What does an average bottle of wine taste like?

coins£4.87 is the average-spend on a bottle of supermarket wine. And with the recession predicted to carry on until goodness knows when that amount isn’t likely to increase any time soon – unless our Chancellor of the Exchequer decides to put up alcohol excise duty yet again. And he might – but until that time comes what exactly does an average-priced bottle of wine taste like?

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Vinaigrette makes a tricky wine match

saladMatching wine to a baby leaf and herb salad, whose only coating is sea salt and black pepper, is easy - almost any white or light red wine will go. Finding a wine for a salad dressed in oil and vinegar is a little more difficult.

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Don't be too cool with your rosés

Rose in glassesRosés drunk straight from the fridge provide a refreshing drink, but you may not be tasting them at their best. Two rosés that taste best slightly cool rather than chillingly cold came to light while investigating this column – Chateau Bel Air Perponcher rosé from The Wine Society and Co-op Wombarra Shiraz rosé.

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Barefoot wines reviewed

Barefoot winesRetailing between £6 and £7, Barefoot’s range of seven wines made to be “enjoyed by everyone from first-time wine-consumers to hard-core aficionados” are well-made but over-priced. Unfortunately the better value of $6.99, or £4.45, a bottle can only be obtained by all of this Californian brand’s American customers. But if you’re prepared to wait or day two then Tesco’s offer kicks in bringing the price down to a much more reasonable, and realistic, £5 a bottle.

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If it stops raining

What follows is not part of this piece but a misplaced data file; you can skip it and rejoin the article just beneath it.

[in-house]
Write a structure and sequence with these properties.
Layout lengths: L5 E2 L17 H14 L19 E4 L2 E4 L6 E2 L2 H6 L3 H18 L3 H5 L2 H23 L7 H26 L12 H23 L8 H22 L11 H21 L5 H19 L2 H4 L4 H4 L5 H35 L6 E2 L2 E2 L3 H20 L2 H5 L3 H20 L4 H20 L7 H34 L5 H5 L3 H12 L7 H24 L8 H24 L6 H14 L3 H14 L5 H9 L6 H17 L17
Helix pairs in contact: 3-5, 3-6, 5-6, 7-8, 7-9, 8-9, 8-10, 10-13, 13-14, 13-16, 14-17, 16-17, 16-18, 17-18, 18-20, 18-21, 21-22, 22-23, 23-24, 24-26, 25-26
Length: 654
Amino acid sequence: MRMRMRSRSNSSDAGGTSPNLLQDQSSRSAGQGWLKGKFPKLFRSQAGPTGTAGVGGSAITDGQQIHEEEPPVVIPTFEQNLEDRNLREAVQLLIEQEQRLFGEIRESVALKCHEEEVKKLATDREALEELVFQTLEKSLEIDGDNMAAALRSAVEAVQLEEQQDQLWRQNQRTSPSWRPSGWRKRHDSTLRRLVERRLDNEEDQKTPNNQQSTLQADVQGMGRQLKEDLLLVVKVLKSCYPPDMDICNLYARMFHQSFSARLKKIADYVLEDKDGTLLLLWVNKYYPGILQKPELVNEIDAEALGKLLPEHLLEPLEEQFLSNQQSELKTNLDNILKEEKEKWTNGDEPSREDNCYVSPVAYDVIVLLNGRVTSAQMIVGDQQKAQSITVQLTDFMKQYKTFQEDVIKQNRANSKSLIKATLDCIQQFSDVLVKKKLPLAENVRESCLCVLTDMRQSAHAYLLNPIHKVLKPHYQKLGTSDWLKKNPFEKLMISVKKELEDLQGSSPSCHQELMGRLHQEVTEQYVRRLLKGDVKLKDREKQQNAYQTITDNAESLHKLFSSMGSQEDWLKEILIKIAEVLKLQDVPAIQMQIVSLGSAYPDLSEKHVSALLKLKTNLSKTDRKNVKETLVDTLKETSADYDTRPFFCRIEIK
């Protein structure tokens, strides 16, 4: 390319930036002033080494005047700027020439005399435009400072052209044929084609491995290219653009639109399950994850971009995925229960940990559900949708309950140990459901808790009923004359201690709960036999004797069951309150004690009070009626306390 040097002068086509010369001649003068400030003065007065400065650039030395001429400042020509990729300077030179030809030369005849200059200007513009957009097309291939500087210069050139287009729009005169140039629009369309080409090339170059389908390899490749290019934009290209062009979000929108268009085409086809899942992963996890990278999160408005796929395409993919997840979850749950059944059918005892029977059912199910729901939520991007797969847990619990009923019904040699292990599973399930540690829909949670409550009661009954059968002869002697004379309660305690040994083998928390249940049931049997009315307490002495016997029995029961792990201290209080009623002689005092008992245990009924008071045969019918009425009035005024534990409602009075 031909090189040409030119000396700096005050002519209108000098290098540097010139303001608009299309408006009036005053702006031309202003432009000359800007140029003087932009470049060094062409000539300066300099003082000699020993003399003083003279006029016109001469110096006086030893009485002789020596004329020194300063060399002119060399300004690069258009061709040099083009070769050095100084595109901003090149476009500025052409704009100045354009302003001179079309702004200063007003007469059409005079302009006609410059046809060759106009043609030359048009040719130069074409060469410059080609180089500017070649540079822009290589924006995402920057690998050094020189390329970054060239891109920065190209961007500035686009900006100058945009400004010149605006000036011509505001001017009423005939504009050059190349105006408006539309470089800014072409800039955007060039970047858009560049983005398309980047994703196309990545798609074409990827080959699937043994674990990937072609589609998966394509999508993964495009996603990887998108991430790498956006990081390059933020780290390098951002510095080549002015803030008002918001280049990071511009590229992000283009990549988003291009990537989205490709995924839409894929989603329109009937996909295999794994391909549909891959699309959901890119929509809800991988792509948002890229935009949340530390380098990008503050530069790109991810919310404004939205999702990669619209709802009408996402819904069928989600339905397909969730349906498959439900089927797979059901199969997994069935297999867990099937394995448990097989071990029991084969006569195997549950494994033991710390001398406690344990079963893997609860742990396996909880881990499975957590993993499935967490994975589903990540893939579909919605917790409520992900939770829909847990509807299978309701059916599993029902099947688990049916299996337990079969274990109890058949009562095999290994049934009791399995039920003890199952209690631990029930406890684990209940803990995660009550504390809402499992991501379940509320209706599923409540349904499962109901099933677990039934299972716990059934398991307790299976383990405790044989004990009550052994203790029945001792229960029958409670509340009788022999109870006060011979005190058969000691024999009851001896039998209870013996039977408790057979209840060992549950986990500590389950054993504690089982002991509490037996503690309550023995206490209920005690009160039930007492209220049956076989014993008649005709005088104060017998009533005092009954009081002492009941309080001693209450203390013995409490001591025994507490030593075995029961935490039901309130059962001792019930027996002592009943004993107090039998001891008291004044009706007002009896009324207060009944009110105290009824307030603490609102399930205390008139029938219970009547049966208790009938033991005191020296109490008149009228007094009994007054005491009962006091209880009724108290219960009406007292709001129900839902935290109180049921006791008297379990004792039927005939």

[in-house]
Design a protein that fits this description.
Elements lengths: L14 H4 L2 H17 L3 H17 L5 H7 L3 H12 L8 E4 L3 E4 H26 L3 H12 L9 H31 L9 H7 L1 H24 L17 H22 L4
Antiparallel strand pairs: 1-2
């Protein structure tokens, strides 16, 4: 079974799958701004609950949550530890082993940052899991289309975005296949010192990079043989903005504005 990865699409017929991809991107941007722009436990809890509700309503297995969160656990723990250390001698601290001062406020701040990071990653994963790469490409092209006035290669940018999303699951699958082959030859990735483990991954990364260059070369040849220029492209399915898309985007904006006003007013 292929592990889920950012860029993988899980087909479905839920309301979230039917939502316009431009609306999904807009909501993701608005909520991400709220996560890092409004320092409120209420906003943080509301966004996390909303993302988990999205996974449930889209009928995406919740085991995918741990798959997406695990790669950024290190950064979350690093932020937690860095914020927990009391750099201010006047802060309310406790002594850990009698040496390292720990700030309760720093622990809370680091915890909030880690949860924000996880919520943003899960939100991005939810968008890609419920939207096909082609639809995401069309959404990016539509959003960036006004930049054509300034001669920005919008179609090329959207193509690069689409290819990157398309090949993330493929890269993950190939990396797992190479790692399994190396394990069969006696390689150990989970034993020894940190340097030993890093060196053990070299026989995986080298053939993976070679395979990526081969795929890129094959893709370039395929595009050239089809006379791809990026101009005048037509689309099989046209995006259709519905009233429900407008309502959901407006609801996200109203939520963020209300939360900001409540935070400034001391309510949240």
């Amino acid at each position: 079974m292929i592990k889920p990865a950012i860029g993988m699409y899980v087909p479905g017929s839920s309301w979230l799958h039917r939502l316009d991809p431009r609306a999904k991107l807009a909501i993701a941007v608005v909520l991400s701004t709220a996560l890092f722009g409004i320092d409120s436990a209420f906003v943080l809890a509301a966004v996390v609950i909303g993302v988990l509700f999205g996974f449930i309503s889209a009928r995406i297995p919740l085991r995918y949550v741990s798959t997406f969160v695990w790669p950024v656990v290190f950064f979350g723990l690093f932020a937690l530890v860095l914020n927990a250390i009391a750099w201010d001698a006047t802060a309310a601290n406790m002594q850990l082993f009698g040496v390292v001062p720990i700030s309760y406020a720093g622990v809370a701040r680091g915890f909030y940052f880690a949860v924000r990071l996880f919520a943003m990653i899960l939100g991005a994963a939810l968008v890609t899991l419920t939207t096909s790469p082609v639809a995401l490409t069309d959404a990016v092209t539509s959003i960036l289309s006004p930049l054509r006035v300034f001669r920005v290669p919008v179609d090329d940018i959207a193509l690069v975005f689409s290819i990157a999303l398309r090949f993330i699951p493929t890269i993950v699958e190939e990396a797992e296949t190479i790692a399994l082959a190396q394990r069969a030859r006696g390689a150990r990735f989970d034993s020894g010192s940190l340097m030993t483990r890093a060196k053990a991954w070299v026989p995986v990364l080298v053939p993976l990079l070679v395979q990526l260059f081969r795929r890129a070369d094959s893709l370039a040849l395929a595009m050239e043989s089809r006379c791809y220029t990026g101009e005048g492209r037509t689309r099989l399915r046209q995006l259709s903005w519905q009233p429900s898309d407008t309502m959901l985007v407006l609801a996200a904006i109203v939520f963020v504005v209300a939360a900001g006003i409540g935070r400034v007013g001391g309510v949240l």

sunHere comes the sun. Well in-between the rain. The Met Office outlook for next week suggests ‘a good deal of fine dry weather’ with a ‘changeable’ end of August Bank Holiday. So if you want a picnic then do it sooner rather than later and get those picnic baskets and chilled bottles of wine on standby.

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London 2012 Olympic wines

winning at sportWith descriptions more usually seen on wines costing £4.50 for a full bottle then it seems perfectly reasonable to wonder why just a quarter of a bottle costs a whacking £4.50. One supplier in a restricted venue is the answer - so if you want to quench your thirst with 187ml worth of wine at an Olympic site then don’t expect much change out of a fiver.

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Blazing wines

barbecue manBarbecues and delicate wines don't go together. To compete with the rich smells and flavours of barbecued food you need a wine that tastes of berry fruit. So what's needed are robustly-flavoured reds and fruitily-flavoured whites.

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£2.99 wine: its death is greatly exaggerated

wine aisleThe £2.99 bottle of wine is still with us, just. And why are these low-priced bargains so rare? Because with excise duty now set at £1.90 a bottle, and VAT at 20%, supermarkets make just 5 to 10 pence profit on each one sold. So when each inch of shelf space has to maximise profits it’s easy to see why the £2.99-er is almost extinct. But Aldi and Tesco are keeping this price range alive – for the time being.

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Raining champagne for Father's Day

Dan GurneyIf you’re celebrating Father’s Day by going to Le Mans to watch the 24-hour motor race this weekend it’ll probably rain, rain champagne that is. Traditionally the winner’s bottle is sprayed into the crowd and we can thank the American racing driver, Dan Gurney, for starting it all in 1967.

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Classical wines

treble clefVines just love Vivaldi, it seems. Italian scientists have discovered his music helps grow healthier vines. Relayed from an iPod to vines through 15 speakers, Vivaldi's music was found to have a positive effect on shoot growth.

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